This is one of the most beautiful magnificient anemone (Heteractis magnifica) I've ever came across. Unfortunately it does not house any nemos when I was there, but several anemone shrimps can be found nevertheless.


Neither are nemos found in this Gigantea sea anemone (Stichodactyla gigantea).


Glossodoris atromarginata is in season, therefore they can be easily found on our shores these days.


Walking closer to the northern edge of Semakau, I felt I've entered into another place. It's so peaceful. Can you spot the pau-looking Pulau Jong at the background?


I like this view of the Semakau mangroves which I've not seen before. Finally a photo without oil refineries or developments or big ships at the background.


Ria shared with me that this seaweed is not commonly seen in our shores and may indicate that Semakau is a healthy shore since it houses this rare seaweed. She has seen it at Raffles Lighthouse before.


I am not sure but this anemone does look like the Phymanthus sea anemones (Phymanthus sp.)


The conical roots of this Sonneratia mangrove tree is really long and thick, covering a large extent of the area. I wonder how old is this marvellous tree? What a beauty!


Ron found this flatworm while we were trying to check out unexplored areas of Semakau. Indeed, Semakau intertidal areas are huge and there are a lot of opportunities to get to new places to check them out.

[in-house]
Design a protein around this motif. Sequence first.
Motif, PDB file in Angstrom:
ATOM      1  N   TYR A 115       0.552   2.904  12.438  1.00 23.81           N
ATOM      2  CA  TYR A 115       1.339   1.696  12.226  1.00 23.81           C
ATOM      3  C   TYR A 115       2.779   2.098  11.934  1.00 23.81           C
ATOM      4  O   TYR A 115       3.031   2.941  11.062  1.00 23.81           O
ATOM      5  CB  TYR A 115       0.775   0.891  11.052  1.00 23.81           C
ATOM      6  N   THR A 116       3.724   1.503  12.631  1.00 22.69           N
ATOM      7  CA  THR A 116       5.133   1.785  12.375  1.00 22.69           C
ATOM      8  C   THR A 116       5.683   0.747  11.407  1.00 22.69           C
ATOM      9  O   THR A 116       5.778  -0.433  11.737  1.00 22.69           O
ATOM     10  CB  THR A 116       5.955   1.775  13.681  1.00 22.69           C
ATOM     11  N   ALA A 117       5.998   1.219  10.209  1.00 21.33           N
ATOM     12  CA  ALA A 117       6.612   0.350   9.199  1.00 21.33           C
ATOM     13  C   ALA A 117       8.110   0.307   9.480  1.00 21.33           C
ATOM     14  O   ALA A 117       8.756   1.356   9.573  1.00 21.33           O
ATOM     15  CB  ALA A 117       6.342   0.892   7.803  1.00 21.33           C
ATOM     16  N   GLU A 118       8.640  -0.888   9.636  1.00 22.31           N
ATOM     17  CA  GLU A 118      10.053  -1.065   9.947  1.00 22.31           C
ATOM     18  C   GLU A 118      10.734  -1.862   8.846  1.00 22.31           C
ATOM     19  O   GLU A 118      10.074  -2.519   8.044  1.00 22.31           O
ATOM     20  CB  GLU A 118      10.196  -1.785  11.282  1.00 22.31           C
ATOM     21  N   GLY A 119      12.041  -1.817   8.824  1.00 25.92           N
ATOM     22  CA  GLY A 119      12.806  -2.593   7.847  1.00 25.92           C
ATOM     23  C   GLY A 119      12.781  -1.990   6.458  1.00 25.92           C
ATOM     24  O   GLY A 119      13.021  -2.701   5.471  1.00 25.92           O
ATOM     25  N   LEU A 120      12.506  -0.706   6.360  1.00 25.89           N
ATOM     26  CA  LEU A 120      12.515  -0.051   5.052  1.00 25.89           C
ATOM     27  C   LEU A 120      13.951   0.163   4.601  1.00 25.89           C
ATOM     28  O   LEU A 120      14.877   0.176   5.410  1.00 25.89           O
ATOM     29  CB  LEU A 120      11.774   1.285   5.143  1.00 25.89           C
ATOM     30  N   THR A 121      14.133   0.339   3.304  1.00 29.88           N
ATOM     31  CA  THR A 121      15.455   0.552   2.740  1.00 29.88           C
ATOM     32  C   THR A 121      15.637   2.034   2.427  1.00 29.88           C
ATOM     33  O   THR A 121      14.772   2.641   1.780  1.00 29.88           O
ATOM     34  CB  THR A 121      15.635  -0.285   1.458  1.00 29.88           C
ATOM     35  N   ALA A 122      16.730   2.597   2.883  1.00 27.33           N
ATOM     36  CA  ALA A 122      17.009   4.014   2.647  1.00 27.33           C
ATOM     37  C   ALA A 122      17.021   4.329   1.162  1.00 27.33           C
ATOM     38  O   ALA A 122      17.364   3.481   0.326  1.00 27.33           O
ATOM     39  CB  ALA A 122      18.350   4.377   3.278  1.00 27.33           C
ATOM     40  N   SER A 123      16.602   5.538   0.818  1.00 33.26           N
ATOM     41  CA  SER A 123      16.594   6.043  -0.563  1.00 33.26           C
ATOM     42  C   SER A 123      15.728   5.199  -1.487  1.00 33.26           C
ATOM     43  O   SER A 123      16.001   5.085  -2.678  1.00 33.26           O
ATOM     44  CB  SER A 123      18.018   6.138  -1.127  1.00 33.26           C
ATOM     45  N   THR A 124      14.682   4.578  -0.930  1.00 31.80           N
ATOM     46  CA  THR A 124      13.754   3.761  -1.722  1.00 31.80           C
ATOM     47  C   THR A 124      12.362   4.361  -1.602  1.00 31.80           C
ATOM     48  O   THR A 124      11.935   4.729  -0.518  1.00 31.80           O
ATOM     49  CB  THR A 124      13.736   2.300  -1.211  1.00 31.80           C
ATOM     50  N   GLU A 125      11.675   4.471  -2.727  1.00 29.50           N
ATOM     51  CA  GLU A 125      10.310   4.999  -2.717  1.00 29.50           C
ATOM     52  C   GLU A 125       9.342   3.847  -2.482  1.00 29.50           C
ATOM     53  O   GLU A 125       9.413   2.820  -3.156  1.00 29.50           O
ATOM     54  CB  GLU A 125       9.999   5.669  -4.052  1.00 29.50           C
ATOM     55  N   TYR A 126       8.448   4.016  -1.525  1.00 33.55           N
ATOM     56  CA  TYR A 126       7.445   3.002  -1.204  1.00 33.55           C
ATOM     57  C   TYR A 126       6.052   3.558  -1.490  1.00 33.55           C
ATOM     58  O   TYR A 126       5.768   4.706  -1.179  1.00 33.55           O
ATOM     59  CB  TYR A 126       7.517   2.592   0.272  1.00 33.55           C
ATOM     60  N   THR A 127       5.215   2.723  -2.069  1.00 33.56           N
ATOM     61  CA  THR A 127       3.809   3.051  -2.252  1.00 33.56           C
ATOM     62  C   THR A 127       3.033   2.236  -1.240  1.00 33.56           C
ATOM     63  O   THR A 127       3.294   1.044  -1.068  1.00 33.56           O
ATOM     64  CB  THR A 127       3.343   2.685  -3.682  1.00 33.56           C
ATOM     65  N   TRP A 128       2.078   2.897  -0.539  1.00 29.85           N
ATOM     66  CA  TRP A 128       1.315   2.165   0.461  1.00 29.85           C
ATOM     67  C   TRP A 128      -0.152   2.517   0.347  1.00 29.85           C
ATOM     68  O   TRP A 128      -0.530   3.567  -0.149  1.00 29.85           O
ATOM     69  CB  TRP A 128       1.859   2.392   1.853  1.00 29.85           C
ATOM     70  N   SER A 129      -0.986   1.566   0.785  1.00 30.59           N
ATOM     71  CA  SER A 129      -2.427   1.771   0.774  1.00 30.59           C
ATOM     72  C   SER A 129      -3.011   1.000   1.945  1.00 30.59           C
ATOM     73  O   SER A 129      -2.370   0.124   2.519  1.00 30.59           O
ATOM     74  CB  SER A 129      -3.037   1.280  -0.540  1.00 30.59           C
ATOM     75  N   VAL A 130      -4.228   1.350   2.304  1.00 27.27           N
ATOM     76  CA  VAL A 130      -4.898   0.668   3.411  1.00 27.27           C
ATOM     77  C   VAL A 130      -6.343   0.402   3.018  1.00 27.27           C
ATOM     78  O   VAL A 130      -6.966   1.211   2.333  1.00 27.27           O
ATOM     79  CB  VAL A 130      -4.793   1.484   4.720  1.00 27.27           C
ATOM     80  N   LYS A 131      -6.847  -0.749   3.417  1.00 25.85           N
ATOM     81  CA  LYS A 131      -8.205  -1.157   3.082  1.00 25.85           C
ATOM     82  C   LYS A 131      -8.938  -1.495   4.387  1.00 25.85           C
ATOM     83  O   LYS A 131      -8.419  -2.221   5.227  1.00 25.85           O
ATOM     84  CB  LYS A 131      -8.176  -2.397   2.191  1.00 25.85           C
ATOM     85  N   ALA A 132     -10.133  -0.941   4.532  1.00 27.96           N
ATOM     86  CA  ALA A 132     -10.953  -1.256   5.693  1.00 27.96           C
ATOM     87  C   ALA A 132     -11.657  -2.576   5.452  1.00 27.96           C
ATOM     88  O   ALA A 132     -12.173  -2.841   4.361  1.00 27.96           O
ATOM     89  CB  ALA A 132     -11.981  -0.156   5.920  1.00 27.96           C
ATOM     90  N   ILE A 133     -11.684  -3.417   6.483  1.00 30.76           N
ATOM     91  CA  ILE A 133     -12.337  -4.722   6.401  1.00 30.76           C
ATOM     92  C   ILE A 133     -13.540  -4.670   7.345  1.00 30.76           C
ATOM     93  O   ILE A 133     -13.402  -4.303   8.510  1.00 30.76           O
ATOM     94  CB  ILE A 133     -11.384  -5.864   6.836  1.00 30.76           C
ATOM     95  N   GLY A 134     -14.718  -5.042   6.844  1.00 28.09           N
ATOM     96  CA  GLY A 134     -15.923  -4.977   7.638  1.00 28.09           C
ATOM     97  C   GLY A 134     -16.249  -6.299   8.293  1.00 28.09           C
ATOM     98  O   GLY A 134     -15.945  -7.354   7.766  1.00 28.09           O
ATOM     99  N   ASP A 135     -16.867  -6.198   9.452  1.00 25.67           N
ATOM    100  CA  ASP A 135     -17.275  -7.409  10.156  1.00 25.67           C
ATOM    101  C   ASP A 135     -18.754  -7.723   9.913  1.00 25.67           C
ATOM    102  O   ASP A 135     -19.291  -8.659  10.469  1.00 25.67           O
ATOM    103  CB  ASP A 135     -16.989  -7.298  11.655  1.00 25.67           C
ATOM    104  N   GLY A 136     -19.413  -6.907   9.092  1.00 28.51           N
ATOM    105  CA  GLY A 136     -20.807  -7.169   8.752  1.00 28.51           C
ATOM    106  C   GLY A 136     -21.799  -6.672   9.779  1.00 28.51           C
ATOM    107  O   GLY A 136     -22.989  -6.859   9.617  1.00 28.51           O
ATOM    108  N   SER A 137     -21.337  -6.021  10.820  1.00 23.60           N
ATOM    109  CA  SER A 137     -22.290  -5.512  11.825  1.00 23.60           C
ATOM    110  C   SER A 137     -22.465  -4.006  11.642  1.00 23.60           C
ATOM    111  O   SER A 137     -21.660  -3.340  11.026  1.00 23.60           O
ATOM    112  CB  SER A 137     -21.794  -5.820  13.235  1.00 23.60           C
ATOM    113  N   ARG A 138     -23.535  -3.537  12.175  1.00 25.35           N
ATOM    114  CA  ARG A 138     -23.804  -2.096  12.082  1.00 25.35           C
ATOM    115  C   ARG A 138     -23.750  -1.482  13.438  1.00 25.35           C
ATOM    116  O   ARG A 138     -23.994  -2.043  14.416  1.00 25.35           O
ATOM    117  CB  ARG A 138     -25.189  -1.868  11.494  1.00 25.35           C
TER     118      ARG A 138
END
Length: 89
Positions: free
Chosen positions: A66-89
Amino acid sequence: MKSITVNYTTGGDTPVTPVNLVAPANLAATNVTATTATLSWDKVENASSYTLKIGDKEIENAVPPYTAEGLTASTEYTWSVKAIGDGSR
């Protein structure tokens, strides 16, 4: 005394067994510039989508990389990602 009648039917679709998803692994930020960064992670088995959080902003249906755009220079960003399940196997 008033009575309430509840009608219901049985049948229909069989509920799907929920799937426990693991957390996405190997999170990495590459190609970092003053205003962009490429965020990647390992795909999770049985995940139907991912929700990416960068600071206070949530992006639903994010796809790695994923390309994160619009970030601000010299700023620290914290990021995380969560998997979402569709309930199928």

All too soon, time was running out and we had to rush back to the start point (which is really far away from the northern tip we were at). A juvenile blue spotted fantail stingray (Taeniura lymma) swam past us!


And we also came across a four-armed common sea star (Archaster typicus) on the way back.

What a great morning to monitor seagrass and explore areas. Though the rain caused many animals to go hiding, I felt today's trip was already very fulfilling and recharging.

A great end to this series of very low tide season. Two weeks time to the next season!

4 comments:

juanicths said...

Wah~~ Nice long informative entry as usual!

The unknown coral you have may possibly be a Caulastrea sp. Not sure if it is usually found in the intertidals but definitely seen in our waters when we dive ^^

The seaweed that Ria says is not commonly seen on our shores, have seen it a few times diving. Will take note which reefs exactly the next time I see it (definitely subtidally at the SW portion of Semakau)

koksheng said...

Thanks for the id!

I've not seen this species before. Think it can also be found at the intertidal area.

Found some photos at the wildsingapore flickr

http://www.flickr.com/photos/wildsingapore/tags/caulastrea/

a sImpLeEeeR GirL said...

hey! just happen to see ur blog! may i know how to differentiate a snail's sex?

koksheng said...

hello, All land snails are hermaphrodites (having both male and female reproductive organs), producing both spermatozoa and ova. Some freshwater snails, such as Apple Snails, and marine species, such as periwinkles, have separate sexes; they are male and female.